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The answer to question (2) is

• no for $n=6$,
• yes for $n=7$.

For $n=6$, take, for example, the following six points as vertices of a straight-line (stick) embedding of $K_6$:

$A = (-2,-2,1), B= (2,-2,0), C= (0,2,0), D= (-1,-1,0), E= (1,-1,1), F= (0,1,2)$

The projection onto the $xy$ plane has crossing number $3$.

Moreover, the crossings are between disjoint pairs of edges. Therefore, since every nontrivial knot has at least three crossings, there is at most one possible cycle that could form form a nontrivial knot; that is, the cycle $AECDBF$ formed by the six edges participating in the crossings. But by the above-below relations at the crossings, this cycle clearly forms an unknot.

For $n=7$, Conway and Gordon proved that every embedding of $K_7$ in $\mathbb{R}^3$ contains a Hamiltonian cycle forming a nontrivial knot, using the parity of the sum of the quadratic terms of the Conway polynomials of the Hamiltonian cycles as an invariant.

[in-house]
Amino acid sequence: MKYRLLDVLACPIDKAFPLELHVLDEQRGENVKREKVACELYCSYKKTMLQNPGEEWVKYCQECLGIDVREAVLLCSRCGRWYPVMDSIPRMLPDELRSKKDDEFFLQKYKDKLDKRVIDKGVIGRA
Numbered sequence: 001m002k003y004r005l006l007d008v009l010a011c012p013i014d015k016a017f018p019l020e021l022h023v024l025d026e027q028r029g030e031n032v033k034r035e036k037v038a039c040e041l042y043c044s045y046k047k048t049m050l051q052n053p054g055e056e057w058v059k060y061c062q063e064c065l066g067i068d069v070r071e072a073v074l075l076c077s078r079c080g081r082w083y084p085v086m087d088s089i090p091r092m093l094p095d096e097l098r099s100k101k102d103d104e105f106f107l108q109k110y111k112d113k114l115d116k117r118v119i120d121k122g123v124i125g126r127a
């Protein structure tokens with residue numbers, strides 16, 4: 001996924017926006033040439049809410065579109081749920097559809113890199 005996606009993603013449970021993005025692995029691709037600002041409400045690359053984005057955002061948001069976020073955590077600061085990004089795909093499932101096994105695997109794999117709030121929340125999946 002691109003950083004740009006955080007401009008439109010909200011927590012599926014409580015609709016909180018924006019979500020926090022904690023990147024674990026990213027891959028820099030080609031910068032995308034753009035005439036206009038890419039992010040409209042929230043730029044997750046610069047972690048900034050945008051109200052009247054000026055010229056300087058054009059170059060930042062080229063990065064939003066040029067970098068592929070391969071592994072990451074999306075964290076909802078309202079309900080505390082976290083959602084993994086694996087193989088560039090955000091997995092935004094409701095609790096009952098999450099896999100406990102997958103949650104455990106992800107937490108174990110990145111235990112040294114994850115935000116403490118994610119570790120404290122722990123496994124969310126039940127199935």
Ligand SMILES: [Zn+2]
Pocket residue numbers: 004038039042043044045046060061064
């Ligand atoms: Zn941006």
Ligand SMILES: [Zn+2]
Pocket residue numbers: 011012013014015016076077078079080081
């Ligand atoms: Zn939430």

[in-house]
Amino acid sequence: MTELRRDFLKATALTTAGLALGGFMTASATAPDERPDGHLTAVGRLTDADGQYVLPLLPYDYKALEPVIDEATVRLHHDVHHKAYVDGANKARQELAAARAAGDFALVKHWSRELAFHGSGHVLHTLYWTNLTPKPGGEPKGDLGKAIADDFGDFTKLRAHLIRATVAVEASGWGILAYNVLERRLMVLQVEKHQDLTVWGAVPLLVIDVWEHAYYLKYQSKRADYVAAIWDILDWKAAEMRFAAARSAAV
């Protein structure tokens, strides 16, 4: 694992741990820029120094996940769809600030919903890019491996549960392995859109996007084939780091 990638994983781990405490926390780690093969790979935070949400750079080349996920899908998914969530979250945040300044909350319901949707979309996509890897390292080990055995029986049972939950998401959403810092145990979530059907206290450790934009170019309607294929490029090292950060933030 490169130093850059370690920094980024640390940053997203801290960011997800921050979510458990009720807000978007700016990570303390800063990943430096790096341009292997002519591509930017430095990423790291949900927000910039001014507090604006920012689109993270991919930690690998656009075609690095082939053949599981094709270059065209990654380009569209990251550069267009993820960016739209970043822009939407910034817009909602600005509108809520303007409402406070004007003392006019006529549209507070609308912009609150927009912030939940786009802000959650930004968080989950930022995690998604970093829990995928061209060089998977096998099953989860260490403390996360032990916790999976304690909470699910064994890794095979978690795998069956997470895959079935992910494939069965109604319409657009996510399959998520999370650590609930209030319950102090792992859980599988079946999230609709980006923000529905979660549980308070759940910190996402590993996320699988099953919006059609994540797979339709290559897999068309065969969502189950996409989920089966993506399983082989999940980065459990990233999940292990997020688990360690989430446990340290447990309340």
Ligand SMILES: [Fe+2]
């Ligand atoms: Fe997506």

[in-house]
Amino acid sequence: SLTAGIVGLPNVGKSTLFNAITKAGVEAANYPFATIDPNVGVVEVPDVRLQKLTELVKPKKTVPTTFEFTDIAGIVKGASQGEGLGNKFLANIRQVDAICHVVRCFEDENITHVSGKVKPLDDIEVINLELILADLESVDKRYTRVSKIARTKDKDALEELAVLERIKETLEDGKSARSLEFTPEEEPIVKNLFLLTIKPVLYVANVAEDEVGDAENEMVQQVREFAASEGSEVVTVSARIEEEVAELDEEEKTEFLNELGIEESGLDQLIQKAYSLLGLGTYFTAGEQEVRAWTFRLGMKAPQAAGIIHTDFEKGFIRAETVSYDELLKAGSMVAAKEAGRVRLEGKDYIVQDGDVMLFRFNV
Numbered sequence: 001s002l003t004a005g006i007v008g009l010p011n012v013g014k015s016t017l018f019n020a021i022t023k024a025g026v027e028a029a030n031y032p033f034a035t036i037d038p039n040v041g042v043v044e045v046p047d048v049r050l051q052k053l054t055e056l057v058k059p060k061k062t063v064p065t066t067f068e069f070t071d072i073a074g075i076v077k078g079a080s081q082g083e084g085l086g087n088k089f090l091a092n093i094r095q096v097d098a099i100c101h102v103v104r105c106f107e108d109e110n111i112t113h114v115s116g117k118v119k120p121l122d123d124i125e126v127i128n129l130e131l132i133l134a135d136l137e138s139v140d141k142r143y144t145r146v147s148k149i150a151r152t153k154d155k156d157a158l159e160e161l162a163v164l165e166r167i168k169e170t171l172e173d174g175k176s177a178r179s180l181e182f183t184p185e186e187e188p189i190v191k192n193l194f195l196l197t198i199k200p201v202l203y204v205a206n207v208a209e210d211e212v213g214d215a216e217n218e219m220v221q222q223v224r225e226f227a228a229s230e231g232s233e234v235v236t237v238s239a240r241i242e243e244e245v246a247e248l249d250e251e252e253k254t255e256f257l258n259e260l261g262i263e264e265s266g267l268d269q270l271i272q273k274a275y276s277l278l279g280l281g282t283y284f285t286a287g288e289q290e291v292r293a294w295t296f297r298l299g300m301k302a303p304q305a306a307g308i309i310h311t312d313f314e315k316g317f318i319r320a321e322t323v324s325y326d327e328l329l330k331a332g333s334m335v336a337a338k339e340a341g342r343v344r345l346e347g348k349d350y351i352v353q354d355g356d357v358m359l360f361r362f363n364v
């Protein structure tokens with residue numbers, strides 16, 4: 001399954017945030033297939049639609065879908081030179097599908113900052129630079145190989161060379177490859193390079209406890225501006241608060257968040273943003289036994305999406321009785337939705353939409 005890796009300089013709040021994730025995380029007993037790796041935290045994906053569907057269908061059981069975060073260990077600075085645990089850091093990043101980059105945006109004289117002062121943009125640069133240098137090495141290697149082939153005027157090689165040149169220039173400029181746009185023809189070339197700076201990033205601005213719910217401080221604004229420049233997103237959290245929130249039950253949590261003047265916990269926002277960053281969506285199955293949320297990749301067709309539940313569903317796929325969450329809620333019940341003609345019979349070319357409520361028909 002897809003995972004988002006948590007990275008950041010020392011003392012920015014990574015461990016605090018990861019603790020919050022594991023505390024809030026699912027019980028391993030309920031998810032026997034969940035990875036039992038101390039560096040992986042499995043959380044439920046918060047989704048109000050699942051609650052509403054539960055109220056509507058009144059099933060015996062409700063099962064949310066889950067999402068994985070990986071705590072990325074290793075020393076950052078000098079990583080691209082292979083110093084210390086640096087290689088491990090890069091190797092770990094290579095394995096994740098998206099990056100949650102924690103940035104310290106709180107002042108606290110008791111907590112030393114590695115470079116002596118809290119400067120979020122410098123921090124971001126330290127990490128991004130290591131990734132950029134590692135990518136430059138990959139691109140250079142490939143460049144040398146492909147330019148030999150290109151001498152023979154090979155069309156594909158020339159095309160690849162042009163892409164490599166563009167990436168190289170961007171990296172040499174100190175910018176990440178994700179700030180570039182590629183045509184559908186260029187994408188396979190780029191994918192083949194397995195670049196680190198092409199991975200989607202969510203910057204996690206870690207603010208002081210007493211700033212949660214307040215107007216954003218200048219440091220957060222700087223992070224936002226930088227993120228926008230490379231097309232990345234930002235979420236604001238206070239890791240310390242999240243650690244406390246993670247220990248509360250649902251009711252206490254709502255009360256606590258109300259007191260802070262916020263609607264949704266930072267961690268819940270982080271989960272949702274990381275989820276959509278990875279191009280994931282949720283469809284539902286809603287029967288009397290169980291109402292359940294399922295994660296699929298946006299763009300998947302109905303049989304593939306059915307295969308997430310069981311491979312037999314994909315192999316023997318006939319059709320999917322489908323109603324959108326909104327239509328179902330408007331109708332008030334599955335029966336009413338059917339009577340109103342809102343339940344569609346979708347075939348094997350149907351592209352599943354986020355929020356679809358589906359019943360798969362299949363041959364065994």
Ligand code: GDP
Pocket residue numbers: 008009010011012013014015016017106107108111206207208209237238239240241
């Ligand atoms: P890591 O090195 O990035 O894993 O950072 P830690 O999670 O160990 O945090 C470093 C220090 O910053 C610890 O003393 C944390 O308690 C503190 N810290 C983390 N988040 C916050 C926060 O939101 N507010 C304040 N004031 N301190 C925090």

Edit: See also J. L. Ramirez Alfonsin, Spatial Graphs and Oriented Matroids: the Trefoil, Discrete and Computational Geometry 22:149--158 (1999) for the following stronger result:

Every stick embedding of $K_7$ in $\mathbb{R}^3$ contains a Hamiltonian cycle forming a (left-handed or a right-handed) trefoil.

1

The answer to question (2) is

• no for $n=6$,
• yes for $n=7$.

For $n=6$, take, for example, the following six points as vertices of a straight-line (stick) embedding of $K_6$:

$A = (-2,-2,1), B= (2,-2,0), C= (0,2,0), D= (-1,-1,0), E= (1,-1,1), F= (0,1,2)$

The projection onto the $xy$ plane has crossing number $3$.

Moreover, the crossings are between disjoint pairs of edges. Therefore, since every nontrivial knot has at least three crossings, there is at most one possible cycle that could form form a nontrivial knot; that is, the cycle $AECDBF$ formed by the six edges participating in the crossings. But by the above-below relations at the crossings, this cycle clearly forms an unknot.

For $n=7$, Conway and Gordon proved that every embedding of $K_7$ in $\mathbb{R}^3$ contains a Hamiltonian cycle forming a nontrivial knot, using the parity of the sum of the quadratic terms of the Conway polynomials of the Hamiltonian cycles as an invariant.